Durbin: Pentagon should review police gear program
Senate's No. 2 Democrat on Friday asked Defense Secretary Chuck Hagel to review a program that provides high-powered rifles and other surplus military equipment to civilian police departments
By Matthew Daly
WASHINGTON — The Senate's No. 2 Democrat on Friday asked Defense Secretary Chuck Hagel to review a program that provides high-powered rifles and other surplus military equipment to civilian police departments across the country.
Sen. Dick Durbin of Illinois said he has long been concerned about the adoption of military-style tactics by local police departments and their use of military equipment, but, he said, the fatal shooting of an unarmed teenager by a Ferguson, Missouri, police officer gives "new urgency" to a review of the Pentagon program.
Durbin said he looks forward to working with Hagel to ensure that the military equipment program "is carried out with the safeguards, accountability and oversight that our communities need and deserve."
Specifically, Durbin said he wants to ensure that the Defense Department consults with the Justice Department to determine whether police departments need the equipment and comply with federal standards for receiving grants. He also wants to increase oversight of the program and improve training for local police.
The White House is conducting a review of programs that have equipped local police departments with military gear from the Pentagon, and Pentagon spokesman Mark Wright said, "The secretary is participating in the president's review of all federal programs and funding that enable state and local law enforcement to purchase or obtain military-grade equipment."
The Justice Department has launched a broad investigation into the Ferguson Police Department, following the shooting last month of Michael Brown, a black 18-year-old by a white police officer.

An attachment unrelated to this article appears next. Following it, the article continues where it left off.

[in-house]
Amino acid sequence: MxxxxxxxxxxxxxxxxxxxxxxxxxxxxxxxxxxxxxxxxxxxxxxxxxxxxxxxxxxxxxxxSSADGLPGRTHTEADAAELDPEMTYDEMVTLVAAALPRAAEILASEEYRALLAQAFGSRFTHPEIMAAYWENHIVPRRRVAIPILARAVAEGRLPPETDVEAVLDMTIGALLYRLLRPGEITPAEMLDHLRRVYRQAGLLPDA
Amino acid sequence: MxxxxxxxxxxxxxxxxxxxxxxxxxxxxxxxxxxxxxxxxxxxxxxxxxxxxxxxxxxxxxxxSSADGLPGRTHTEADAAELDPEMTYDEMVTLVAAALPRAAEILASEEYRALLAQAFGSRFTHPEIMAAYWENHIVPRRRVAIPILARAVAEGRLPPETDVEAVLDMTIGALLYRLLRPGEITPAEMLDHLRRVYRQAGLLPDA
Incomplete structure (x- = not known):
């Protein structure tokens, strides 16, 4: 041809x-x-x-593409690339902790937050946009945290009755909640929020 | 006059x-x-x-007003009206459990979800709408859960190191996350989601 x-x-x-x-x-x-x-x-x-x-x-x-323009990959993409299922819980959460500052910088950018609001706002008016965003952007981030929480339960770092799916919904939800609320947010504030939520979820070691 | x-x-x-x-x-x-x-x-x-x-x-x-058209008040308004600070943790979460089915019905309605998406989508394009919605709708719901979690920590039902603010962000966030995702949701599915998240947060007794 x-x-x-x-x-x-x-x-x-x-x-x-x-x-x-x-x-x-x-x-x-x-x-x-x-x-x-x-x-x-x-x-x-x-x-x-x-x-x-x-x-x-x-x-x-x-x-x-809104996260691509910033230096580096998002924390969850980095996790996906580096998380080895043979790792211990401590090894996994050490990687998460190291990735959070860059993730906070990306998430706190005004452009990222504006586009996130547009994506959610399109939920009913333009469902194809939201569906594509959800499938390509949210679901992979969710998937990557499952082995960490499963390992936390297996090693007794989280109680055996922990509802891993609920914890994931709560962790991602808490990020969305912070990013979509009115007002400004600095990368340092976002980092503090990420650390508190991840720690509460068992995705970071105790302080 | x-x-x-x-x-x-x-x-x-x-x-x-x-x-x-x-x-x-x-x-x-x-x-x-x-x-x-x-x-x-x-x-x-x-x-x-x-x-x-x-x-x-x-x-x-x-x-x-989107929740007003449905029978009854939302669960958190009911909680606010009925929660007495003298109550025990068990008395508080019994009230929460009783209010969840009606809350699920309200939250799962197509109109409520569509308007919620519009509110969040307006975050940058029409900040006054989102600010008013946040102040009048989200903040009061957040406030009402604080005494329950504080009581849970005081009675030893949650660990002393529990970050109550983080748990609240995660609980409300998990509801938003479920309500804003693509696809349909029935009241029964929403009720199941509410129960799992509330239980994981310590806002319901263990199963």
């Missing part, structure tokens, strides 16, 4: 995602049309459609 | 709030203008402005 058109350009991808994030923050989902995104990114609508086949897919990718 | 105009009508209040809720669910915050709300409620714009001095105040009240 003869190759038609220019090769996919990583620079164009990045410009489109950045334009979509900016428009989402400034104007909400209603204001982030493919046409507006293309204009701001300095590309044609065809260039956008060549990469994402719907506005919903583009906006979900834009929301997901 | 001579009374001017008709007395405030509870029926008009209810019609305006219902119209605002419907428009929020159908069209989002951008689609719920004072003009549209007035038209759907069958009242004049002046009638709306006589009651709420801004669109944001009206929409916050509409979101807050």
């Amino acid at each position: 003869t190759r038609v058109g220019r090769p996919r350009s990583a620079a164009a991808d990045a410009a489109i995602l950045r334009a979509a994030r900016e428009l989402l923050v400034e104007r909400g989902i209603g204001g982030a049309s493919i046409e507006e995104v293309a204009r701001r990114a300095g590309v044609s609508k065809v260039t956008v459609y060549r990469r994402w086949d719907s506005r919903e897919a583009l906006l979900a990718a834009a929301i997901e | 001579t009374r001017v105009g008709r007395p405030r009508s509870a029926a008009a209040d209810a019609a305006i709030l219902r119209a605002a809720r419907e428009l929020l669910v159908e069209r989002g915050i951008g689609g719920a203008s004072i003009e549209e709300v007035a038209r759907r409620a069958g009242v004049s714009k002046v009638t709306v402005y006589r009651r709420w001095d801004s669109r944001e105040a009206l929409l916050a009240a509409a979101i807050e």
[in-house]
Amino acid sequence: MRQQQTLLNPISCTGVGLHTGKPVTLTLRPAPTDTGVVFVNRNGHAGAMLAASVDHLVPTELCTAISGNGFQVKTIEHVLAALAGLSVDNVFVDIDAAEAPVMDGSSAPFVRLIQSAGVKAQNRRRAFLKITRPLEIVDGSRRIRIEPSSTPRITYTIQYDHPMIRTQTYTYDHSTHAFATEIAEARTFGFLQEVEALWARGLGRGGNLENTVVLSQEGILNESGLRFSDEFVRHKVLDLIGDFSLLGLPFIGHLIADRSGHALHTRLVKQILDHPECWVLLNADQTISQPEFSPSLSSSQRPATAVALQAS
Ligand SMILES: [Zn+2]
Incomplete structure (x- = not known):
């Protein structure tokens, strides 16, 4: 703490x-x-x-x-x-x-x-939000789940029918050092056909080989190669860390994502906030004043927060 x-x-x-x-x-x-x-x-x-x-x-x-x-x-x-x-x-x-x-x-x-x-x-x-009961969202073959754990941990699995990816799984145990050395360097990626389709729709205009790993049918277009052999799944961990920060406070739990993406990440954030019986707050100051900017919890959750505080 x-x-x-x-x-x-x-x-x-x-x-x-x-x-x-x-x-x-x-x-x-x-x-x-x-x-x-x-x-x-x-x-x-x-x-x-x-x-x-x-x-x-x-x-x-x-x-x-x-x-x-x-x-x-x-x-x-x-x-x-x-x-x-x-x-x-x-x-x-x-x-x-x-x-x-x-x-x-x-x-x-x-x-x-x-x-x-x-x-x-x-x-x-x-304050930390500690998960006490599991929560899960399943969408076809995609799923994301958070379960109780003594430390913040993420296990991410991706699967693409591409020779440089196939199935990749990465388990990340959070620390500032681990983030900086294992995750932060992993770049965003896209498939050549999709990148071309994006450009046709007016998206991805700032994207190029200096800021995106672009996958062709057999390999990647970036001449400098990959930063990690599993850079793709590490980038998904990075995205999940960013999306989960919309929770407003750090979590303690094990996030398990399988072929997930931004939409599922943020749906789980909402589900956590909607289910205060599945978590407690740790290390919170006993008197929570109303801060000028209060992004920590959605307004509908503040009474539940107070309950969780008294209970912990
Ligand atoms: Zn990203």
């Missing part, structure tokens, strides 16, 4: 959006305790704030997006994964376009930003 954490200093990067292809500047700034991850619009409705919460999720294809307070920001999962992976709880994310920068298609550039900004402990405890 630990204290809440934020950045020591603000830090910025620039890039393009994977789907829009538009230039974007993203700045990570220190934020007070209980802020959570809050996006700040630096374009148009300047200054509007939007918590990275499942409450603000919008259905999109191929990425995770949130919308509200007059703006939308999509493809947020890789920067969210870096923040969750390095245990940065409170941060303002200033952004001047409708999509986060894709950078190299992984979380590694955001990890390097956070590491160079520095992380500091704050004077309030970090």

Durbin's letter comes as Sen. Claire McCaskill, D-Mo., plans a hearing next week to examine the Pentagon program and similar programs that enable local police departments to acquire surplus military equipment, including armored cars and assault rifles. McCaskill, who chairs a subcommittee on financial and contracting oversight, has called for authorities in Ferguson to "demilitarize" the situation.
Speakers at the hearing, set for Tuesday, include a top Pentagon official overseeing acquisition, technology and logistics, as well as officials from the Homeland Security and Justice departments. Both departments award grants to local law enforcement agencies for tactical equipment.
Critics say the equipment programs have aggravated clashes between police and protesters. McCaskill and other officials have decried images of heavily armed police pointing high-powered rifles at protesters following the Aug. 9 shooting of Brown by Officer Darren Wilson.
The Ferguson Police Department received two Humvees as well as a generator and a flatbed trailer under the surplus equipment program run by the Defense Logistics Agency, which is in charge of getting supplies of all types for the military.
Copyright 2014 The Associated Press